No, Virginia, the sky is not falling

| August 26 2012
Christopher Cook

In the long, long, LONG list of things that the left is wrong about, environmental scare-mongering is quite salient. It is extremely damaging, both to national economies and to the fabric of truth itself. It addles the thinking of people who don’t know any better, creating consensus where none is scientifically justified and contributing to a climate of fear that reaches all the way down to our youngest and most vulnerable children. It forms a leftist secular eschatology, which metastasizes into unchallengeable dogma.

Never mind that they’re wrong every time they make another doomsday prediction. This list covers a lot of the greatest hits (read it and bookmark it for later use!):

When the sun rises on December 22, as it surely will, do not expect apologies or even a rethink. No matter how often apocalyptic predictions fail to come true, another one soon arrives. And the prophets of apocalypse always draw a following—from the 100,000 Millerites who took to the hills in 1843, awaiting the end of the world, to the thousands who believed in Harold Camping, the Christian radio broadcaster who forecast the final rapture in both 1994 and 2011.

Religious zealots hardly have a monopoly on apocalyptic thinking. Consider some of the environmental cataclysms that so many experts promised were inevitable. Best-selling economist Robert Heilbroner in 1974: “The outlook for man, I believe, is painful, difficult, perhaps desperate, and the hope that can be held out for his future prospects seem to be very slim indeed.” Or best-selling ecologist Paul Ehrlich in 1968: “The battle to feed all of humanity is over. In the 1970s ["and 1980s" was added in a later edition] the world will undergo famines—hundreds of millions of people are going to starve to death in spite of any crash programs embarked on now … nothing can prevent a substantial increase in the world death rate.” Or Jimmy Carter in a televised speech in 1977: “We could use up all of the proven reserves of oil in the entire world by the end of the next decade.”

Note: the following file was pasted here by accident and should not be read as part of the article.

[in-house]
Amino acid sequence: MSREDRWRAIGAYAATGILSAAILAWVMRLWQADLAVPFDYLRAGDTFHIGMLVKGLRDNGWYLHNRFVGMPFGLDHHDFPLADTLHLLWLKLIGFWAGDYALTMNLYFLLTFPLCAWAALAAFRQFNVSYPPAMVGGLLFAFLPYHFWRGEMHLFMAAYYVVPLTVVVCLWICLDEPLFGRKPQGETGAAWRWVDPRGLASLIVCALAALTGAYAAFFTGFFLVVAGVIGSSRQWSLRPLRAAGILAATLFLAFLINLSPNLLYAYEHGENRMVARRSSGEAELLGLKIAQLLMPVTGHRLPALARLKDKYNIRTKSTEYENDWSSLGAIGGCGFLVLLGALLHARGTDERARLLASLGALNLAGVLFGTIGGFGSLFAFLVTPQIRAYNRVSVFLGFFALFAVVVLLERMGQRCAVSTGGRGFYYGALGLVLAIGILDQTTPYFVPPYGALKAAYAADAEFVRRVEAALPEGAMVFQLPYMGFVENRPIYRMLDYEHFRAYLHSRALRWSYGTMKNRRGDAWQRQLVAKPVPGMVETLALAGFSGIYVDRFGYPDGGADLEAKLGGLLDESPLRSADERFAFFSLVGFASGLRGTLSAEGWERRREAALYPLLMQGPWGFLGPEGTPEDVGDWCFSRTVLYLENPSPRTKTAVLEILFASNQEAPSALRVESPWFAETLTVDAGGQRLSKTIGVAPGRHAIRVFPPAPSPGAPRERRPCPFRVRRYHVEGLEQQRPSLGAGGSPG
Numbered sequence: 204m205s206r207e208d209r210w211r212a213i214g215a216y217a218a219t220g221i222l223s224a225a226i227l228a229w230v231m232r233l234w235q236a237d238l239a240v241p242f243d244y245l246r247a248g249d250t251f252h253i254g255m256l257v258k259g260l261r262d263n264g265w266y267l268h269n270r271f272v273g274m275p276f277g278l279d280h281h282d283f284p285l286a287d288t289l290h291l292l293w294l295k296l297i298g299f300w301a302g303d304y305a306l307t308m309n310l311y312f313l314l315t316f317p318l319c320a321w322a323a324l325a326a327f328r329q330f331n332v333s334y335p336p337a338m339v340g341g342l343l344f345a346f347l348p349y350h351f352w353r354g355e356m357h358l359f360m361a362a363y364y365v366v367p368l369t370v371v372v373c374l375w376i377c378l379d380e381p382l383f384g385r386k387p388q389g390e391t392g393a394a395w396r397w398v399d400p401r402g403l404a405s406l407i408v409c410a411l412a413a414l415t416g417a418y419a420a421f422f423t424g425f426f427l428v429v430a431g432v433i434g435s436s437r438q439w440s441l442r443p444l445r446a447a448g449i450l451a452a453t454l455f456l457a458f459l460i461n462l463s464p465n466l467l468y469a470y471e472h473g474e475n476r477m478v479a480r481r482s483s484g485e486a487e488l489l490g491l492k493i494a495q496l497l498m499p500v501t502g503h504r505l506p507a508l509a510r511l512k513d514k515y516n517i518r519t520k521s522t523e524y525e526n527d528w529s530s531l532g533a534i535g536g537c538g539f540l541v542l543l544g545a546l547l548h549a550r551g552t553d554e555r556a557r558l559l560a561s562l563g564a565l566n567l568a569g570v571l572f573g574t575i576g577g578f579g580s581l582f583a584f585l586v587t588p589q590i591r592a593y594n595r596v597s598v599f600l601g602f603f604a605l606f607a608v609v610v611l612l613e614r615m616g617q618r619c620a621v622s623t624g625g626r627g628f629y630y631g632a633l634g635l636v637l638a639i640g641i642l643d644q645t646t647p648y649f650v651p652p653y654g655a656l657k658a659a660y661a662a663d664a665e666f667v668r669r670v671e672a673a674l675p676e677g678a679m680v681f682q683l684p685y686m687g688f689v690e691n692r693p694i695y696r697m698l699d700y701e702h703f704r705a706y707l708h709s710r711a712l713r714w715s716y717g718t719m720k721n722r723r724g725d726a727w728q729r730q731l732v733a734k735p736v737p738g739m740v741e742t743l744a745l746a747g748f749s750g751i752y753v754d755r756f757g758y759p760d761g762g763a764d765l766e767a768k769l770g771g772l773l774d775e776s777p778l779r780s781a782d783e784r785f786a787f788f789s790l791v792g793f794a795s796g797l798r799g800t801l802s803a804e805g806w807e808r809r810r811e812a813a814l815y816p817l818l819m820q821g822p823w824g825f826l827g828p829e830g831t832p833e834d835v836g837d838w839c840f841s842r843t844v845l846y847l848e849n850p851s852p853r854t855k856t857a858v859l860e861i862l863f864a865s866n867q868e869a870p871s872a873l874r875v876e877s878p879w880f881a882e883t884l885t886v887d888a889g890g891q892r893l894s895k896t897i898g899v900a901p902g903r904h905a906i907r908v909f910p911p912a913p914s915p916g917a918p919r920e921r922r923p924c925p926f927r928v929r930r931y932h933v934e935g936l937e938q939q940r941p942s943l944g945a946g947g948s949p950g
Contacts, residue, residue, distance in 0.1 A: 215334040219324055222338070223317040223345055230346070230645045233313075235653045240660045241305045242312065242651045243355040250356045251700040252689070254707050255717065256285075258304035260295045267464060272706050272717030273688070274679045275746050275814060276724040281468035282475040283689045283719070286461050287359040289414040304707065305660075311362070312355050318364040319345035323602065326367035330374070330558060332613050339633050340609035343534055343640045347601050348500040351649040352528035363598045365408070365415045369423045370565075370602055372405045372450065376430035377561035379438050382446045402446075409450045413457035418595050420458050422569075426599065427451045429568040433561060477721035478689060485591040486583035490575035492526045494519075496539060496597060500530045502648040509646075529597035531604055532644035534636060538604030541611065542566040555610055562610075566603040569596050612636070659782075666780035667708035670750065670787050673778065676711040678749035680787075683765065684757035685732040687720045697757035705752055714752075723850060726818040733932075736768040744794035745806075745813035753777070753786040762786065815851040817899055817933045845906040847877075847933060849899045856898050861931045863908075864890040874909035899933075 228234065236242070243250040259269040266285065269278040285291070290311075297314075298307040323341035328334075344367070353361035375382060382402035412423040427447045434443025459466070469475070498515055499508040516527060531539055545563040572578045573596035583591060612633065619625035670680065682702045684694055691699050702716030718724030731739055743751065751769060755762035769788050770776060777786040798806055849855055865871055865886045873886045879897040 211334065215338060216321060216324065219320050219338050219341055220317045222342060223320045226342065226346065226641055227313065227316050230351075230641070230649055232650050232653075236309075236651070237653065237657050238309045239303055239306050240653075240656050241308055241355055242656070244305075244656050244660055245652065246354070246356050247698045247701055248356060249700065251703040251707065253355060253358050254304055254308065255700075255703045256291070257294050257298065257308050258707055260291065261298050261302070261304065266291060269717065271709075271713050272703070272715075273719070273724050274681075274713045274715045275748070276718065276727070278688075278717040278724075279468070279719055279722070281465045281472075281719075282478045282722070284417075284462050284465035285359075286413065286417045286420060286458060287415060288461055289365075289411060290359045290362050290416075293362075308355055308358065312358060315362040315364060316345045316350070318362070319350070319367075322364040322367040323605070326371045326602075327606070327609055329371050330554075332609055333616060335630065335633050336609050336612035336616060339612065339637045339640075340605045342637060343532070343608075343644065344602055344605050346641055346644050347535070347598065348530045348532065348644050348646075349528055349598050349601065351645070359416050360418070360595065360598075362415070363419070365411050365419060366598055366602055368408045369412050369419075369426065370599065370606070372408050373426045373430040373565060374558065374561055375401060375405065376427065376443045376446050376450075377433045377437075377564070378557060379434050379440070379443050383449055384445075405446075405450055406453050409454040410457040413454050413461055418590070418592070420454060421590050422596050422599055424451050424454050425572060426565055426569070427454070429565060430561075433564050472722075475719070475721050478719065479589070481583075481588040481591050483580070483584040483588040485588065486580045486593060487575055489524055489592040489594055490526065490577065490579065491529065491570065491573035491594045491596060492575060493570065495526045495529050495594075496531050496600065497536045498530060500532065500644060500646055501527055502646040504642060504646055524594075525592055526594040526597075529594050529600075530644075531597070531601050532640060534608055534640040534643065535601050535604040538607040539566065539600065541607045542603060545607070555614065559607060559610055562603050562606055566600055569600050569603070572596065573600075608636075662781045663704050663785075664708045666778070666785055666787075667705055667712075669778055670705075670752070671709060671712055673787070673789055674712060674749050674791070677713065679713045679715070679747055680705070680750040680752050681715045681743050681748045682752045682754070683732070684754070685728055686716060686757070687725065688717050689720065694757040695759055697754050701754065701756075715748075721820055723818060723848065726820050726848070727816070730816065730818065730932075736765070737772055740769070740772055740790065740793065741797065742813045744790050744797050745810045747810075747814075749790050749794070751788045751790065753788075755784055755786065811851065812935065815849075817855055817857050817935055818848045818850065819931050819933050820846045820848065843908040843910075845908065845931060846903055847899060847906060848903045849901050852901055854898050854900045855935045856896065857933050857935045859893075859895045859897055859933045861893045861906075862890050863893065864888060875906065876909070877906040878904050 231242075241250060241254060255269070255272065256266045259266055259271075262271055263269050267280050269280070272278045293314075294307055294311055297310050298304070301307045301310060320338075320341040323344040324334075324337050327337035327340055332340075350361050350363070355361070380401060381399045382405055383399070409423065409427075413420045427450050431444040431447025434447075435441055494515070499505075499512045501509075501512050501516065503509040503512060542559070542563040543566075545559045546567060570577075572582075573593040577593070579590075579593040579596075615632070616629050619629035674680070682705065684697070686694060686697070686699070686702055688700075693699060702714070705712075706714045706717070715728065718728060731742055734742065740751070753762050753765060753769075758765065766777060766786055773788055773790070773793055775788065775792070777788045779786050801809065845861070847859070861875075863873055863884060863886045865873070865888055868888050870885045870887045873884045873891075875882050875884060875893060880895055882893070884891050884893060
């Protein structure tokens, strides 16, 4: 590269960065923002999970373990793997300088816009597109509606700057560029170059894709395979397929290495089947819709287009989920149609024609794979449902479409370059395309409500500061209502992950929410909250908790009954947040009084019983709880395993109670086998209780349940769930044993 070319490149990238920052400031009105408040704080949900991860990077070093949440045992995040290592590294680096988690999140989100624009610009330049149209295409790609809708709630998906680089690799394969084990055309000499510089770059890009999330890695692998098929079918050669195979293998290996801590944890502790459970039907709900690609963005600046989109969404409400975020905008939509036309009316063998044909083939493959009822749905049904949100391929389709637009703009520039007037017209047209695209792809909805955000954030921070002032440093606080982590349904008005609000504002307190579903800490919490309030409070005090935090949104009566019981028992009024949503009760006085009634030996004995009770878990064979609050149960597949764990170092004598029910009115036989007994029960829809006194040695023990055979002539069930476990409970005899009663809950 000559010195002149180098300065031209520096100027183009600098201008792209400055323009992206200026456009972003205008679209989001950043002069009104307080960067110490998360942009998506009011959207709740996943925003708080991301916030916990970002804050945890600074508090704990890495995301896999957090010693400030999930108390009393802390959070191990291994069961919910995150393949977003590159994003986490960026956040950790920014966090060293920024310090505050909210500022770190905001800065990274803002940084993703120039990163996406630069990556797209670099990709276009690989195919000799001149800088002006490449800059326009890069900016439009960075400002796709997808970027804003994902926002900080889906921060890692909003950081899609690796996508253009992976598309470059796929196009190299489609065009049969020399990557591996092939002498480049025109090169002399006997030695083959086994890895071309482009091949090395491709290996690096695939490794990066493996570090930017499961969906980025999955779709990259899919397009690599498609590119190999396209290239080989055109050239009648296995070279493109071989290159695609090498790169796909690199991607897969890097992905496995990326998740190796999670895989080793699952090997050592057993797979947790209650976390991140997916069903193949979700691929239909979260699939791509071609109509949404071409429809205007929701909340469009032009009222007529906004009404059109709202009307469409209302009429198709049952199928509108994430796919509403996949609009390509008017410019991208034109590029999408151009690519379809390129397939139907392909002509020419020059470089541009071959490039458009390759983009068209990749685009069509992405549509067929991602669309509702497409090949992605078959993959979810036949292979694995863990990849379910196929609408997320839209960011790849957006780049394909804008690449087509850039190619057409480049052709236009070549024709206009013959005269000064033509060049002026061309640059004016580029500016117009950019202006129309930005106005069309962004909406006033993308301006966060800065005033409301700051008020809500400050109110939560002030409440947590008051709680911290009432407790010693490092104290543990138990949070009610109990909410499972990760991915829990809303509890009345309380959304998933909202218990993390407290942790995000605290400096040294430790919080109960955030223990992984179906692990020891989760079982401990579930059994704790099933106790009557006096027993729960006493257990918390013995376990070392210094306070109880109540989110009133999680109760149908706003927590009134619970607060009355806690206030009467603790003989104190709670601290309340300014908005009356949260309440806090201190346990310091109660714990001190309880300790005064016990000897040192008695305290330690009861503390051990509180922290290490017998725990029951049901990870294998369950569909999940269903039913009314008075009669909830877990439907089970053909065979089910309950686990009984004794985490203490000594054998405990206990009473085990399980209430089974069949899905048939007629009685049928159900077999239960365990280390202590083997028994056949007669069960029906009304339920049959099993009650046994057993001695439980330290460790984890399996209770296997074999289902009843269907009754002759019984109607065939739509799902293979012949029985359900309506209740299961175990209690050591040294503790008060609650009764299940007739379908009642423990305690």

Predictions of global famine and the end of oil in the 1970s proved just as wrong as end-of-the-world forecasts from millennialist priests. Yet there is no sign that experts are becoming more cautious about apocalyptic promises. If anything, the rhetoric has ramped up in recent years. Echoing the Mayan calendar folk, theBulletin of the Atomic Scientists moved its Doomsday Clock one minute closer to midnight at the start of 2012, commenting: “The global community may be near a point of no return in efforts to prevent catastrophe from changes in Earth’s atmosphere.”

Just one sample of the choice facts in the rest of the piece:

In 2005 it was bird flu, described at the time by a United Nations official as being “like a combination of global warming and HIV/AIDS 10 times faster than it’s running at the moment.” The World Health Organization’s official forecast was 2 million to 7.4 million dead. In fact, by late 2007, when the disease petered out, the death toll was roughly 200.

If that’s not overblown panic, I don’t know what is.

Read the whole thing. It’s long, but worth it.

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